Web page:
My love affair with General Assembly continues. I’m slightly obsessed with their user experience design program. My love of ethnography, problem solving, and communication has me dreaming of a job in user experience. (true dream job: travel ethnographer). Some day I’ll take a sabbatical from my current dream job and take a GA course. For now I’m window shopping.
When I get an email from General Assembly I click. I click because they’ve got a strong email marketing game. I’m sure I’ve got a mighty fine behavioral score. But I return to their website each time because I know that I’ll find a landing page that answers all my questions: So what’s really going on in this course? How much is it? What will I learn and what can I do when I’m done?
With an admissions-focused communication and design style, General Assembly nails it. They communicate all the program information a prospective student needs in a single place. Their landing pages are also quite easy on the eyes (hello white space!).
Now compare this experience to university websites. Imagine you’re an eager prospective college student, ready to learn all the things. Take a look at the computer science major at Stanford or MIT’s computer science programs page. As you explore your future major, try finding the cost of their programs or career outcomes. Get a feel for the work students get to do or look up faculty. Can you find that information? If you did, how does the experience feel?
Chances are it feels like a chore. And that’s a shame because both schools have killer courses, rockstar faculty, and plenty off opportunities (including scholarships). Now imagine if those college majors read more like General Assembly programs.
Here’s why GA’s prospective student experience works so well:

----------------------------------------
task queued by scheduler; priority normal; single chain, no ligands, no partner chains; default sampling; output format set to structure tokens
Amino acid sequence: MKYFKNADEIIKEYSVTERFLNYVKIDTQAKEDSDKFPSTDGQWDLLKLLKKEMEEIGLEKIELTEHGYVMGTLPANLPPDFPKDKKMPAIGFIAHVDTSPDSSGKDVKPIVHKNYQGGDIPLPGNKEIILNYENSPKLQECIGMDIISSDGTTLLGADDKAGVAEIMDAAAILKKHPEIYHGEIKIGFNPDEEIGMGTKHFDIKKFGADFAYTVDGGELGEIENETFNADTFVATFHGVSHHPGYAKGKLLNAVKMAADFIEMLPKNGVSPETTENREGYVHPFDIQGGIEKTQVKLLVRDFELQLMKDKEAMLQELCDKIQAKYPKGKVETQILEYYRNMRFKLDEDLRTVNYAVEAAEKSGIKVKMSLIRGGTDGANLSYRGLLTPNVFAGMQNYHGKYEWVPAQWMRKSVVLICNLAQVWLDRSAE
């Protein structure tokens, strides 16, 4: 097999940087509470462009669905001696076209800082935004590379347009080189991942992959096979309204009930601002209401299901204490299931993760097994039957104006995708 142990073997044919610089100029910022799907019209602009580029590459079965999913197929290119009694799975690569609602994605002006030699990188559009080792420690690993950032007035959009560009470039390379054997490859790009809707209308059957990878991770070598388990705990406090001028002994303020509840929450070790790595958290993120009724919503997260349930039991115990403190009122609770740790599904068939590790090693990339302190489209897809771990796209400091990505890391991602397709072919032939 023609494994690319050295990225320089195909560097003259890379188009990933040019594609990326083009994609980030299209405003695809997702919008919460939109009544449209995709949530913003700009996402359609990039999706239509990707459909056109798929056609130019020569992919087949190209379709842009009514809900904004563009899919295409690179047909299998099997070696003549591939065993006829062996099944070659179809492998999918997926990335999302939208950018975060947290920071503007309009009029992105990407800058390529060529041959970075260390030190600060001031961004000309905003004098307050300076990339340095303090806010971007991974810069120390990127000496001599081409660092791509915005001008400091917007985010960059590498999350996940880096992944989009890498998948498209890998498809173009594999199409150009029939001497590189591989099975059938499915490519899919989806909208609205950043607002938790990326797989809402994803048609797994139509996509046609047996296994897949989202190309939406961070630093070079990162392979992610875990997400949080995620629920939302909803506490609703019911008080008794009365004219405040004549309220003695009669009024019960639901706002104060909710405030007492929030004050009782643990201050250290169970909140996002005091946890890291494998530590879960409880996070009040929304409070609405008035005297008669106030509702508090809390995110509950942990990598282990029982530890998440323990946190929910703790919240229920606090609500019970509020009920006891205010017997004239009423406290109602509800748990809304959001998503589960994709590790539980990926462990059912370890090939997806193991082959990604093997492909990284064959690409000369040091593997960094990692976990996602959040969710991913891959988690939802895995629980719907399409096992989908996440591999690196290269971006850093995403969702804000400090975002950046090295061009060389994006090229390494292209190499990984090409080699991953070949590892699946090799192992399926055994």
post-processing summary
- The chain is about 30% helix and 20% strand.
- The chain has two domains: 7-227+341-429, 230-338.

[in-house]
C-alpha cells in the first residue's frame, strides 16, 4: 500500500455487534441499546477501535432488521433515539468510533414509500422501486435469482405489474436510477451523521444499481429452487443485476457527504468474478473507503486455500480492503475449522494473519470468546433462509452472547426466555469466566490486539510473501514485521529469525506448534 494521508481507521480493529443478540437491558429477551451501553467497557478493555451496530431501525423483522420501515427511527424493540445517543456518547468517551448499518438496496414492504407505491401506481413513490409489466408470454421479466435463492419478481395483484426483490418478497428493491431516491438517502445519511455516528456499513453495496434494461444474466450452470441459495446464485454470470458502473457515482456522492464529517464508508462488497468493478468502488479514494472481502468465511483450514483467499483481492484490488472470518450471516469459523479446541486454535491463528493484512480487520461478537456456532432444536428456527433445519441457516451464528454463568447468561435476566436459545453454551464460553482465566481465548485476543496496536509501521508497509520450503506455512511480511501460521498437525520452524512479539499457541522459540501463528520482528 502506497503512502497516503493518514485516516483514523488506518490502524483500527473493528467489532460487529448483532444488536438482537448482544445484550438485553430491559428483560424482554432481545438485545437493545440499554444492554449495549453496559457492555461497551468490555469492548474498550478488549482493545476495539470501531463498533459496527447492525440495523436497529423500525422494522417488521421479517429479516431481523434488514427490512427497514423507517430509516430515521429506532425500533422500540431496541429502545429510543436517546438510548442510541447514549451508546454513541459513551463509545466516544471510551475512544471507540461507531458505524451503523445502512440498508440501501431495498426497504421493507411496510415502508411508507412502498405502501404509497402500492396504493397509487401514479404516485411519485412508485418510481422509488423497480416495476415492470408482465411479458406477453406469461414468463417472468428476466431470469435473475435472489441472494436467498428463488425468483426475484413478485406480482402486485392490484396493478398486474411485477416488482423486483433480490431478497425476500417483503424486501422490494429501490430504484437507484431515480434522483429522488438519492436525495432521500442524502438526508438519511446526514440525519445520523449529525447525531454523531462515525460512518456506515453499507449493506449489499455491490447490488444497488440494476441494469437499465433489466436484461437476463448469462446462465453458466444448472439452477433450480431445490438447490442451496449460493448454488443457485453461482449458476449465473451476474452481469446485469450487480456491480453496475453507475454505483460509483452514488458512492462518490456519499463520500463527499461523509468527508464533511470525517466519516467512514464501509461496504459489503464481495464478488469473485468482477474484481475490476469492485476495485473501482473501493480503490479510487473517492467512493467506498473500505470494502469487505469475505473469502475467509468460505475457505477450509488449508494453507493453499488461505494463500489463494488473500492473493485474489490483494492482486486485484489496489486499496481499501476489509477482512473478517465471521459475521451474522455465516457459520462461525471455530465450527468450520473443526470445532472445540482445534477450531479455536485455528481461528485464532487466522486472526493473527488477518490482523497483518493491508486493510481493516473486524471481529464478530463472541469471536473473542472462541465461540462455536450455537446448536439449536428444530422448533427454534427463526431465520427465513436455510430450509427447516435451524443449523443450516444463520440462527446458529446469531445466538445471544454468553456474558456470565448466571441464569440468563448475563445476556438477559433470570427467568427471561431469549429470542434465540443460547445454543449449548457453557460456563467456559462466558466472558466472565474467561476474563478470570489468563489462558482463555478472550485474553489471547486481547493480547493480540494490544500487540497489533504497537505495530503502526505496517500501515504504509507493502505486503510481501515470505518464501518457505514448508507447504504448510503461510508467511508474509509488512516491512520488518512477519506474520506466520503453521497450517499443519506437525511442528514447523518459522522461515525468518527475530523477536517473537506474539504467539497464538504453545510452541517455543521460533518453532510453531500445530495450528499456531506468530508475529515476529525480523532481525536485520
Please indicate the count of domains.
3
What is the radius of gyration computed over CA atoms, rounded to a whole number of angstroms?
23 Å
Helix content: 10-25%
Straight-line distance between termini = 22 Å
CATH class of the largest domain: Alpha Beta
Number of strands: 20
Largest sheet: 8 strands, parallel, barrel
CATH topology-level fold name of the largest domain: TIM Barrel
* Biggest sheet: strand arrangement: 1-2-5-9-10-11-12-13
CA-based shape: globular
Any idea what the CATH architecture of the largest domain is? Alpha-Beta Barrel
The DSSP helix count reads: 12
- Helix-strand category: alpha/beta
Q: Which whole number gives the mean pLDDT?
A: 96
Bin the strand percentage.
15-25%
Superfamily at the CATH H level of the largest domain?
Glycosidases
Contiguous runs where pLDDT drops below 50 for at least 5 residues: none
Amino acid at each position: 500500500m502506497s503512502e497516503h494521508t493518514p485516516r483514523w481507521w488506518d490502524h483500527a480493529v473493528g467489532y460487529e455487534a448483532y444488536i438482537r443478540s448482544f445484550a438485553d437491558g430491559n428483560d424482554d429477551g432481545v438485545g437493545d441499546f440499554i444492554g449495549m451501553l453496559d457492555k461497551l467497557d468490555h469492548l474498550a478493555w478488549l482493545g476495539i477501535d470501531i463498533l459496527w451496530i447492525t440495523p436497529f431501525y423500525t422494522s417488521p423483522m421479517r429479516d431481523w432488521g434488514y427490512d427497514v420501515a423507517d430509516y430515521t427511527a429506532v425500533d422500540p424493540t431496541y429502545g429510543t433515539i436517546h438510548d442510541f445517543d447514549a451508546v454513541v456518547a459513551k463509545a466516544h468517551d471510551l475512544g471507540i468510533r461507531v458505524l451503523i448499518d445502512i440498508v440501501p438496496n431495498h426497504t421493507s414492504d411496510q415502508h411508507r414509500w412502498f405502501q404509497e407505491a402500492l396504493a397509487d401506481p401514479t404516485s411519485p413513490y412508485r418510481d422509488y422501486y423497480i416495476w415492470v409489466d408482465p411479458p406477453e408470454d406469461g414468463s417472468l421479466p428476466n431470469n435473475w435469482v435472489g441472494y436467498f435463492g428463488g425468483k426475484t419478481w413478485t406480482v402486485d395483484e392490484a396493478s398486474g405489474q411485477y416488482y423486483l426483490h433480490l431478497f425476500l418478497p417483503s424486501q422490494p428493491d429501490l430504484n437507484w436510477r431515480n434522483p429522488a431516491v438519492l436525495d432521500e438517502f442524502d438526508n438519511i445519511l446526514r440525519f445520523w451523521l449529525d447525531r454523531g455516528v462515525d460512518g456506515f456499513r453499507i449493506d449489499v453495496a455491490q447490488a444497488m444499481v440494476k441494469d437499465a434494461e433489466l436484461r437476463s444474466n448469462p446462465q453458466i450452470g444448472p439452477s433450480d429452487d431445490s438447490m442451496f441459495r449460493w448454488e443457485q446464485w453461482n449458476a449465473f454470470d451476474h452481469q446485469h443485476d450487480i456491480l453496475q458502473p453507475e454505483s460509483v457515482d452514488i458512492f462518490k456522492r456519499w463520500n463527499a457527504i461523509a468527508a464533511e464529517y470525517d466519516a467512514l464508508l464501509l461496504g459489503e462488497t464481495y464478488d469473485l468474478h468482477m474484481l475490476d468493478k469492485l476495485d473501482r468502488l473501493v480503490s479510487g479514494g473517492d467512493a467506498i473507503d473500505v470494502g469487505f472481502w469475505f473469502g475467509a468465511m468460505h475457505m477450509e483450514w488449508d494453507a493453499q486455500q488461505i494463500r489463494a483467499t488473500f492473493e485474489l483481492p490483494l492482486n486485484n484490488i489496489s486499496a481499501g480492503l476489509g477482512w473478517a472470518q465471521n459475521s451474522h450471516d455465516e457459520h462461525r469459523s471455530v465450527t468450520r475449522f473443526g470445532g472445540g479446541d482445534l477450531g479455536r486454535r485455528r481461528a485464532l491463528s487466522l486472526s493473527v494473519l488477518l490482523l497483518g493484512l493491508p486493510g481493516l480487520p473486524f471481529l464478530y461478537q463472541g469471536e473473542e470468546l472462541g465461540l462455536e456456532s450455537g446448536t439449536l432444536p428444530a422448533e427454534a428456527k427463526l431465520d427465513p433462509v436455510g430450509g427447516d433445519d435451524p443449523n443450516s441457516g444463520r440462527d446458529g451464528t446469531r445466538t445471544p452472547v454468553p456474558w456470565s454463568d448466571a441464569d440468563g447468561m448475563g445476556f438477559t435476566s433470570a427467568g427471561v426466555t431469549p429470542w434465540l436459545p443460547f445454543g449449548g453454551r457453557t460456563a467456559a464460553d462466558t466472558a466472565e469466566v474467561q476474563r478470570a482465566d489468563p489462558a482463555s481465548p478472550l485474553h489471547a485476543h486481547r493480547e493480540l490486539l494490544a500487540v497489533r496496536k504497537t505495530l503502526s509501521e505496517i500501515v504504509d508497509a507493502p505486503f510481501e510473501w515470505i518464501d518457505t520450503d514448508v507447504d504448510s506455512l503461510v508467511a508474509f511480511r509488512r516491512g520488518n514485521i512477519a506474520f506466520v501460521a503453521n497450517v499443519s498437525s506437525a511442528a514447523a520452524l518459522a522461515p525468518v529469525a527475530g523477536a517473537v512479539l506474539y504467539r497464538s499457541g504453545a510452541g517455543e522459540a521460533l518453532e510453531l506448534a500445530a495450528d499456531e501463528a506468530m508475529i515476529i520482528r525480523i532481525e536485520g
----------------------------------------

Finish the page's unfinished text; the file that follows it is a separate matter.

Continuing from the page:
Clear Learning Goals
No mysteries here. Bold headings tell me exactly what I’ll learn in a clear outline featuring succinct descriptions. Did I mention it’s oh so easy.on.the.eyes?
Financial Aid and Cost
Cost is the top factor in college decision making. GA doesn’t hide their program costs and includes the price right alongside the curriculum. I don’t have to play the guess-and-click game to track down the tuition (and ways to pay for it) elsewhere on the site.
Career Tie In with Company and Alumni Spotlights
Career prospects are a key enrollment driver for prospective students, right up there with affordability and academics. As a prospective student, I can visualize a future at the end of the program. If I’m feeling extra motivated (and I am because I’ve had to do so little work so far) I can research the companies that hire in this field.
Put simply, the prospective student experience with General Assembly programs is down right enjoyable. I feel excited and motivated when I look at their programs. I’m not burdened with hunting down important decision-making information; it’s all served up in one scrollable, mobile friendly package. The experience makes me return to the program again and again.
Grant it, General Assembly offers career accelerator programs not degrees. Plus Stanford and MIT can kick back and ignore user experience because they have gleaming reputations that seem to make the user experience all but irrelevant. But marketing and communication teams in institutions without shiny brands should take note and adapt accordingly.
Can higher education marketing teams create better, more enjoyable experiences for prospective students? It’s remains to be seen. A recent analysis on the failure of schools to adapt to an admissions focused experience on mobile doesn’t inspire hope. University departments are so siloed that it takes a feat of mental gymnastics to imagine career services sharing a digital space with academic departments. With the cost of a college education now synonymous with crushing debt and delayed life events, higher education marketing teams may cringe at being so up front and center about their tuition cost.
I did find a bit of hope in my search for a university website that creates a positive experience for prospective students: my alma matter, the University of Oregon, gets closer to the GA style with their computer science major page. They could use a few more graphic elements to break up the text blocks. Information about their tuition is only one click away, under a menu clearly labeled “Costs & Financial Aid.”
So maybe there is hope. Maybe higher education just needs more user experience designers.